Morocco, 1912. Four children are kidnapped and cruelly sold into slavery. Tariq, an orphan abducted off the streets of Tangier, Aseem, handed over by his impoverished father, Margaret Owen, an English girl kidnapped from her hotel, and Fez, the captured son of a tribal leader, find themselves part of a caravan traveling through bandit territory. Their destination is the kasbah (castle) of their new owner, Caid Ali Tamzali. Exposed to brutal treatment at the hand of Zahir, the head guard who shepherds them on their journey, the four children are forced to become friends in order to survive their ordeal.
Arriving at the kasbah, the boys are trained to be camel racers and Margaret is put to work in the harem. But the brutal treatment continues unrelenting, and the boys, as they begin their training, learn that the cost for coming in last in the camel race is death. Fortunately, a friend of Tariq’s from the outside gets a message through and a daring escape plan is undertaken with the help of Sanaa, a harem girl who becomes Margaret’s guardian angel. But in order for the plan to succeed, all five must call on all the bravery they can muster.
The author has written a period novel filled with old-fashioned plot elements, but with a contemporary streamlined narrative. The book reads like a Boy’s Own adventure and is filled with action involving bandits, pirates and rebels, reminding the reader of such grand entertainments as Rudyard Kipling’s Kim, Michael Chabon’s Gentlemen of the Road and John Milius’ The Wind and the Lion. What the novel lacks in literary polish (imprecise word useage, anachronistic dialogue), it more than makes up for in enthusiastic storytelling. Whether intended for a YA or adult audience, this is a book the entire family can enjoy reading. And in true thirties pulp fashion, the novel ends with a cliffhanger.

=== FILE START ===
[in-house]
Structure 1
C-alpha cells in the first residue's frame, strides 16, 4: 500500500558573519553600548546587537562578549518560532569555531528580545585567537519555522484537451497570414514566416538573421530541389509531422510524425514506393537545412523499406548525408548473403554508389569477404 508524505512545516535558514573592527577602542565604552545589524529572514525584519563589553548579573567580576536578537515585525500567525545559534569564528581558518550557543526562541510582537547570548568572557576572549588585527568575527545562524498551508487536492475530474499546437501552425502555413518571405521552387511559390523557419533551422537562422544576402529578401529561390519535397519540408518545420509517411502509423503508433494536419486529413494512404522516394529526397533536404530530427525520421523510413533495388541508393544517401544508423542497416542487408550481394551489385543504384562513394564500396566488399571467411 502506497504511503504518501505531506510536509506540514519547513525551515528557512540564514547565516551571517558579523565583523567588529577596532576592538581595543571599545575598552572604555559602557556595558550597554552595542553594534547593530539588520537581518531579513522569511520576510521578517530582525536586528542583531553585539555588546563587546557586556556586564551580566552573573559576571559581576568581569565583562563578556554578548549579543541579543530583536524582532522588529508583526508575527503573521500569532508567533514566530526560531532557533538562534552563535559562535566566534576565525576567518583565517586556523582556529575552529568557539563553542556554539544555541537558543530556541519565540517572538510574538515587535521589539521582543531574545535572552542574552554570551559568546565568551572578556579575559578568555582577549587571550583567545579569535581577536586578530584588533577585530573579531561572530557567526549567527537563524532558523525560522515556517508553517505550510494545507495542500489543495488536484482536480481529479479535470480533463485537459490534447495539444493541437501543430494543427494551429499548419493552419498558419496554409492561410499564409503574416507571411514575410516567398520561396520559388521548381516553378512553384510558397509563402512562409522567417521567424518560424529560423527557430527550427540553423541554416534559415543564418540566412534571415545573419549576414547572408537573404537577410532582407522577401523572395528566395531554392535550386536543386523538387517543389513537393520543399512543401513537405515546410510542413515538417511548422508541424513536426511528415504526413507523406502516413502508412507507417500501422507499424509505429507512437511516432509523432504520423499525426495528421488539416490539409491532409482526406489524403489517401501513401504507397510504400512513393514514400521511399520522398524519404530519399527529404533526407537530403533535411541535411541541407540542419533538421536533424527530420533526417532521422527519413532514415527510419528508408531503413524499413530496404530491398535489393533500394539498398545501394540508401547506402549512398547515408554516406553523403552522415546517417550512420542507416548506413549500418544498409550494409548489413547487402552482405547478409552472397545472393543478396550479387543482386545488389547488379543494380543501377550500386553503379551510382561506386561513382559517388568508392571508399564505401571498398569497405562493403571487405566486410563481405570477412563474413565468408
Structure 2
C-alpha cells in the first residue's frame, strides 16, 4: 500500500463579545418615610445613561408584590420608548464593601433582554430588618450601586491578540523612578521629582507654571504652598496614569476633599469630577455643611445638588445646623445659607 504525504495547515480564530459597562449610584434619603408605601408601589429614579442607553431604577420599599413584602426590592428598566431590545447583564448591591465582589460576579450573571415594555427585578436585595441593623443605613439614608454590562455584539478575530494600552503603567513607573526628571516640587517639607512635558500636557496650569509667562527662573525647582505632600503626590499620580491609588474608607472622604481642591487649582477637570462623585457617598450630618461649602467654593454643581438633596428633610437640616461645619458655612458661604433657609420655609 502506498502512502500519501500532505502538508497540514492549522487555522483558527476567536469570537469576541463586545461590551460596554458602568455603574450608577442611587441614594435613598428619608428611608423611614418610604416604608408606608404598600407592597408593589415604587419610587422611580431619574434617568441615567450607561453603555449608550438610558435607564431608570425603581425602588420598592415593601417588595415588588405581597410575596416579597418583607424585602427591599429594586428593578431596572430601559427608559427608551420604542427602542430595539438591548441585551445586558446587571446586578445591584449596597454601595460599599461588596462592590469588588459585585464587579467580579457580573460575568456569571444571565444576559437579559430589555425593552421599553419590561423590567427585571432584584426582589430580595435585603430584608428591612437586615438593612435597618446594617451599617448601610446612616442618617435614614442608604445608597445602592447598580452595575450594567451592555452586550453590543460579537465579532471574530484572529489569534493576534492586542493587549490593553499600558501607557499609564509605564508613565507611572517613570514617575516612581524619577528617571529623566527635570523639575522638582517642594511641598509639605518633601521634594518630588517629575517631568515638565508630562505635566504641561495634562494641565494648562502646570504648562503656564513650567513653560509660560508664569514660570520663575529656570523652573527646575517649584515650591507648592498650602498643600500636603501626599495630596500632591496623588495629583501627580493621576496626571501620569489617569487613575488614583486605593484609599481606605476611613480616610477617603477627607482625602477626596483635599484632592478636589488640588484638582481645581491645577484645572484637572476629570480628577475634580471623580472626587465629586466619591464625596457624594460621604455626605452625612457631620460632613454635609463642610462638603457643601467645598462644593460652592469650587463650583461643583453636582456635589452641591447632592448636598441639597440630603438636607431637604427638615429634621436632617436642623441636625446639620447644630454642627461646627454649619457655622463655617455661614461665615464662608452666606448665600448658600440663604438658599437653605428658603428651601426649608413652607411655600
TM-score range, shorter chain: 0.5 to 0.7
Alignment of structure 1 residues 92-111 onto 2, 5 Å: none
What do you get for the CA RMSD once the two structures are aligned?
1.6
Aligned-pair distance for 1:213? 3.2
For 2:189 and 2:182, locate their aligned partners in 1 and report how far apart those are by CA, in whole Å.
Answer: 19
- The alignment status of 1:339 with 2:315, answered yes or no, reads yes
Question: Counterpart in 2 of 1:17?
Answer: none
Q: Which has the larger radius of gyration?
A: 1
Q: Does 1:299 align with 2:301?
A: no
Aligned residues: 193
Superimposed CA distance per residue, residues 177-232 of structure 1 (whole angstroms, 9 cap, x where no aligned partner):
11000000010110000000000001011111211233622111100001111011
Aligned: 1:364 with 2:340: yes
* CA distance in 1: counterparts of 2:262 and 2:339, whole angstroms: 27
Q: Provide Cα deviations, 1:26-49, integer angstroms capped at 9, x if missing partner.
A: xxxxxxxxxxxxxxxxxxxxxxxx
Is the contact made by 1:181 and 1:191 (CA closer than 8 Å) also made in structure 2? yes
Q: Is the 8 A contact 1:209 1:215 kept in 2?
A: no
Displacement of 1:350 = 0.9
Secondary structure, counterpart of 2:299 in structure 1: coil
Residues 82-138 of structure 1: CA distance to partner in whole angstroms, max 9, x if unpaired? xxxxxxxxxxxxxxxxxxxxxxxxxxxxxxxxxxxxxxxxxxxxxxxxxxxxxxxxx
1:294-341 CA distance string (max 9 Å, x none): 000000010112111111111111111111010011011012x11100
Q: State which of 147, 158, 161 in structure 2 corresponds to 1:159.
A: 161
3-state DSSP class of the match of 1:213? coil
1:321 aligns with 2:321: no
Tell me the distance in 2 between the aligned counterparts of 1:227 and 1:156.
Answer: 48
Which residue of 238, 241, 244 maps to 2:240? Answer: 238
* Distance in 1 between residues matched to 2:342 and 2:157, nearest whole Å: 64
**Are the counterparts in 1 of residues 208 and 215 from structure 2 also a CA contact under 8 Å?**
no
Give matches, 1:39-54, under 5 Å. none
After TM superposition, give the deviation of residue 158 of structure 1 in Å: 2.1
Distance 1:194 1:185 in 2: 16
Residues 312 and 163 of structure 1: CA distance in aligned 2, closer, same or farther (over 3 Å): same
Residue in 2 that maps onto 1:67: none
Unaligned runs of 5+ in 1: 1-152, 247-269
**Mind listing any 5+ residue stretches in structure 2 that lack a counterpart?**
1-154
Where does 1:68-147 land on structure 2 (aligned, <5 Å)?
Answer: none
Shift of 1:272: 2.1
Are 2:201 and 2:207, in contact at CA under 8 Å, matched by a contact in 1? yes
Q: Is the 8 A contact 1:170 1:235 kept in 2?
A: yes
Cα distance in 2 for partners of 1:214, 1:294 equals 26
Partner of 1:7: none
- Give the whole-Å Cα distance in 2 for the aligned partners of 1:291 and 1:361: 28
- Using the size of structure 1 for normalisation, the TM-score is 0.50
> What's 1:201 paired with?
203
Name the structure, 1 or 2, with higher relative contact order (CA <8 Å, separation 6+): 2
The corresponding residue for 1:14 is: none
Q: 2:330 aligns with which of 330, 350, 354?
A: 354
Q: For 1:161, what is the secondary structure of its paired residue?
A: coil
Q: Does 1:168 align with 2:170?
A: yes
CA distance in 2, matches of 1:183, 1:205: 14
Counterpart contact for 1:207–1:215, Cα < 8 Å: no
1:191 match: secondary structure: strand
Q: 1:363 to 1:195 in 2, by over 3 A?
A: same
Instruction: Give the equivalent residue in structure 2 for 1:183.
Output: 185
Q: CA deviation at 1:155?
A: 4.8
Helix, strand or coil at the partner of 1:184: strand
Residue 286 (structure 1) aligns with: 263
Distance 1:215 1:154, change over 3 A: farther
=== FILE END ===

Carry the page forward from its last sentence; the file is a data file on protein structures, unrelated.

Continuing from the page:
An old-fashioned adventure novel written with contemporary verve about a group of kidnapped children trying to escape their captivity in Morocco in 1912.
Reviewed by Kenneth Salikof for IndieReader.